#20 Feral-as-Meggs

Posted 08 December 2017 - 12:57 PM

I'm a lawyer and dress too casually sometimes.

Mainly due to not fitting into my nice clothes and failing to cope with that situation for financial and emotional reasons.

But I get it together for court/meetings/presentations.

I think someone has bite the bullet and be blunt with them - either a consultant or yourselves.  

What I'd do is have a women's professional development retreat day lead by you and the other woman partner.

Get in presenters on:

Business development
Negotiation and Advocacy
etc etc

Then hit them with the presenter on image with a power point of what you want and don't want.  

Finish with drinks and war stories about the old days where you had to wear a skirt all the time.

#21 Rowenas necklace

Posted 08 December 2017 - 01:21 PM

A simple dress code is better than trying to subtly hint to everyone as to what the guidelines are.

Trousers or knee-length skirts, shirts or blouses that are not sheer, blazers, jumpers or smart cardigans, neat hair, clean, polished shoes.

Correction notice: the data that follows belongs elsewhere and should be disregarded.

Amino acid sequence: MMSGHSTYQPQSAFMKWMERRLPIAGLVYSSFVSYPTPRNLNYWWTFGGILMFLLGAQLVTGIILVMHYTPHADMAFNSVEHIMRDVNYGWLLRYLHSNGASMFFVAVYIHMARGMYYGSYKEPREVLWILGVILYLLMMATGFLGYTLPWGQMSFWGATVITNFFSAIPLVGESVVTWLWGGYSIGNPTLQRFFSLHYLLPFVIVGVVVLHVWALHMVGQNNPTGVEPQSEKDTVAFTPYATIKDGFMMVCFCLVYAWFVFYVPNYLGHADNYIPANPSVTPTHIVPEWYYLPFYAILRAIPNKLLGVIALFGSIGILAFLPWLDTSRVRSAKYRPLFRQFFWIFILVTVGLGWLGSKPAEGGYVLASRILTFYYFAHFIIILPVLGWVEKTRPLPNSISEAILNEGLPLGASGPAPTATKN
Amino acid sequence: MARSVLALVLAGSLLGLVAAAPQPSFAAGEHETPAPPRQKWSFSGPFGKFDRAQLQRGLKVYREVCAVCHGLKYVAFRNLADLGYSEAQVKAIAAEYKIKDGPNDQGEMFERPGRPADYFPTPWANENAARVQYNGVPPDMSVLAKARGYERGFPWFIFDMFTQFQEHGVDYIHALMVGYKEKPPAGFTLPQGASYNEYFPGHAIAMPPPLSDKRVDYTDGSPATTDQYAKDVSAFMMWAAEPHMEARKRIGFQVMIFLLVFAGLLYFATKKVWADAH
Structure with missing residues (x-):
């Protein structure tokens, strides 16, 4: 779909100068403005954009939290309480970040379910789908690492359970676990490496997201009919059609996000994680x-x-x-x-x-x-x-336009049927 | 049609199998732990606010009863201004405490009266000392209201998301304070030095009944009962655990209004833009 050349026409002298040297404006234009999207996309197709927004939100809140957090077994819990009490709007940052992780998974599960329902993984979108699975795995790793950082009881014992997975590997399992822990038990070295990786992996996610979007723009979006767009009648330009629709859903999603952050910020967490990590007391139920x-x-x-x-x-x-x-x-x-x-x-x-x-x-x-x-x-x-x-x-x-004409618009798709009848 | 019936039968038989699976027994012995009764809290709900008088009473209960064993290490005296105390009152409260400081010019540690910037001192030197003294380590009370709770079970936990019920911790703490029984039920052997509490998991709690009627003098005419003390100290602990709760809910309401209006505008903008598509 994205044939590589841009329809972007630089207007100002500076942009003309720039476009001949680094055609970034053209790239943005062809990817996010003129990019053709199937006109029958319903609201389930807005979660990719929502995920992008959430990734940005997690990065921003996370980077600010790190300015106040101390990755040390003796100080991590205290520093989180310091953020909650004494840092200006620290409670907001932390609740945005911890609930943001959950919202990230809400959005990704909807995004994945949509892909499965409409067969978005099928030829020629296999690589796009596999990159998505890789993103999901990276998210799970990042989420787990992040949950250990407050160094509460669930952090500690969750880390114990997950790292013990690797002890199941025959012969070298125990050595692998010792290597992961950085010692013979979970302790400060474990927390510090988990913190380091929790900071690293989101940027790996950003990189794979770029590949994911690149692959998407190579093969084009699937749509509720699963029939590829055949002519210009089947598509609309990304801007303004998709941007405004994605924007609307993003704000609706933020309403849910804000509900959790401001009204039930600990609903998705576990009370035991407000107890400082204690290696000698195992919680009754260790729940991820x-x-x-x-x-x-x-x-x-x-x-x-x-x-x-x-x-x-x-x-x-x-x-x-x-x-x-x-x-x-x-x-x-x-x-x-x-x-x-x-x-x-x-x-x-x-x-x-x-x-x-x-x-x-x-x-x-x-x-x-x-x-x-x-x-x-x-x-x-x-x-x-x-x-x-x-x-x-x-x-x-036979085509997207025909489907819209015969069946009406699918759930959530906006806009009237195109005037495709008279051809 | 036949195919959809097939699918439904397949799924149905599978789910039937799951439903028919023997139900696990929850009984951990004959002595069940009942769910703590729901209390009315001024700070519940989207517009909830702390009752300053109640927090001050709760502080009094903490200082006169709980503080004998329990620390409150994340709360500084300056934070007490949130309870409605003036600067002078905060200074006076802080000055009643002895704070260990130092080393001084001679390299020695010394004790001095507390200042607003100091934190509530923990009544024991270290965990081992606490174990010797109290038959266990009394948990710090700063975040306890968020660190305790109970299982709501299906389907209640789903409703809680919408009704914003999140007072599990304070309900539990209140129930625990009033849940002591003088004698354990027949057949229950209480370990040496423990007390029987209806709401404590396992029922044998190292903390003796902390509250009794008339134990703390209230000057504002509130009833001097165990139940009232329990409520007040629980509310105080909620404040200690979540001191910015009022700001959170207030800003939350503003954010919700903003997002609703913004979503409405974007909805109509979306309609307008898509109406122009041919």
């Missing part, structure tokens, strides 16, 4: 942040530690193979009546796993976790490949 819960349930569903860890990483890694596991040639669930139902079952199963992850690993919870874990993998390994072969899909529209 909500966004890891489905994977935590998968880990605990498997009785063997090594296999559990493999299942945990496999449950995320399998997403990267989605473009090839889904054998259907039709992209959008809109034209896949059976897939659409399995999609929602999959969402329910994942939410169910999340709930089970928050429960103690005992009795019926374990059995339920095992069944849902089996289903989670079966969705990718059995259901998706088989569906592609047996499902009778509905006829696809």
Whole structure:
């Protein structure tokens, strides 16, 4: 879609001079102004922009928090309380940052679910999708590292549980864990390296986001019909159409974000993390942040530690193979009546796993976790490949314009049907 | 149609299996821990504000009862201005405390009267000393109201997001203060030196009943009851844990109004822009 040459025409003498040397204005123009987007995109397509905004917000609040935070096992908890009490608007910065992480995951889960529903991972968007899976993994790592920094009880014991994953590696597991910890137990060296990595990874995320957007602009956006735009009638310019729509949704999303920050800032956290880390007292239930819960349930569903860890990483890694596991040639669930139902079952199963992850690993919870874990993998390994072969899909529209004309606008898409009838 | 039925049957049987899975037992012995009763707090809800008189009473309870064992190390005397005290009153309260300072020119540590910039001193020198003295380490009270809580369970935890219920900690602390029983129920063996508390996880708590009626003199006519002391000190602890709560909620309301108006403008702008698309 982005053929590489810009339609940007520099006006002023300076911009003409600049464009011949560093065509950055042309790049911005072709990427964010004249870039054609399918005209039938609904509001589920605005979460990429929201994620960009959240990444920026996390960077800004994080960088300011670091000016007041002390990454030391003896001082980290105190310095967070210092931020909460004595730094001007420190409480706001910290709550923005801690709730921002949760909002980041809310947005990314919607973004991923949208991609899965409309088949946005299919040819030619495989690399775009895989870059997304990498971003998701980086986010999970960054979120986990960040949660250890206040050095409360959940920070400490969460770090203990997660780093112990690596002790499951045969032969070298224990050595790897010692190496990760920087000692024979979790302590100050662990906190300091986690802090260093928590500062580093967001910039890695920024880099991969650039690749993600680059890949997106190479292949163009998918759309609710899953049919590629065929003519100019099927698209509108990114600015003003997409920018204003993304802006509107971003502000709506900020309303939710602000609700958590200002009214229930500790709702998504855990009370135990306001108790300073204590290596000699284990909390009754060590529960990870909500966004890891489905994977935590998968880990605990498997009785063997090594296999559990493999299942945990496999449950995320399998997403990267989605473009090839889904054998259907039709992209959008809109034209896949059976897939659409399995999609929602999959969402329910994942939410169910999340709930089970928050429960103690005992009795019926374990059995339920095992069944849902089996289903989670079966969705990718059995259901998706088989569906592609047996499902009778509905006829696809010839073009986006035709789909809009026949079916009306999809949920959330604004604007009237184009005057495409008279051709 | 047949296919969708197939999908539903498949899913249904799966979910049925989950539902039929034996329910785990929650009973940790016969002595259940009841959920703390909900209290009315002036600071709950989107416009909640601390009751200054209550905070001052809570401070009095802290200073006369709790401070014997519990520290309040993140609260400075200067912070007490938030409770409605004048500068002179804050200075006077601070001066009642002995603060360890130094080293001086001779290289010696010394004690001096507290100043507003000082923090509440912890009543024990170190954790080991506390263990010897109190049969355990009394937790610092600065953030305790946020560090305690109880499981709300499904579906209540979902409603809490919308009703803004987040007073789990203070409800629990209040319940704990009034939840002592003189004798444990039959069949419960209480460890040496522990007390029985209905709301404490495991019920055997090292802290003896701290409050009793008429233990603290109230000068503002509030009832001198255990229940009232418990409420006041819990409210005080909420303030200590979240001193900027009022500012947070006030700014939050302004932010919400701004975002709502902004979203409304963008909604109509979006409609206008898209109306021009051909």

There's still plenty of room in that for all employees (men and women) to have their own style, while also meeting the organisation's requirements for smart dressing.

#22 Prancer is coming

Posted 08 December 2017 - 01:27 PM

I am not a lawyer, but I work in a job with a dress code and a compulsory uniform was introduced a few years ago.  It is amazing that even with a uniform, people can make it look unprofessional pretty easily!  The sleeveless shift dress meant to have a shirt under it looks no where near as professional when no shirt is worn under it, or 3/4 tights are worn under it.

My point is no matter how strict the dress code is, people will still dress in the way they want.

#23 Grrrumbles

Posted 08 December 2017 - 01:34 PM

Law degree but I work in Government. I used to wear suits but can never find anything that fits and doesn’t have dry clean only pants so I now wear separates.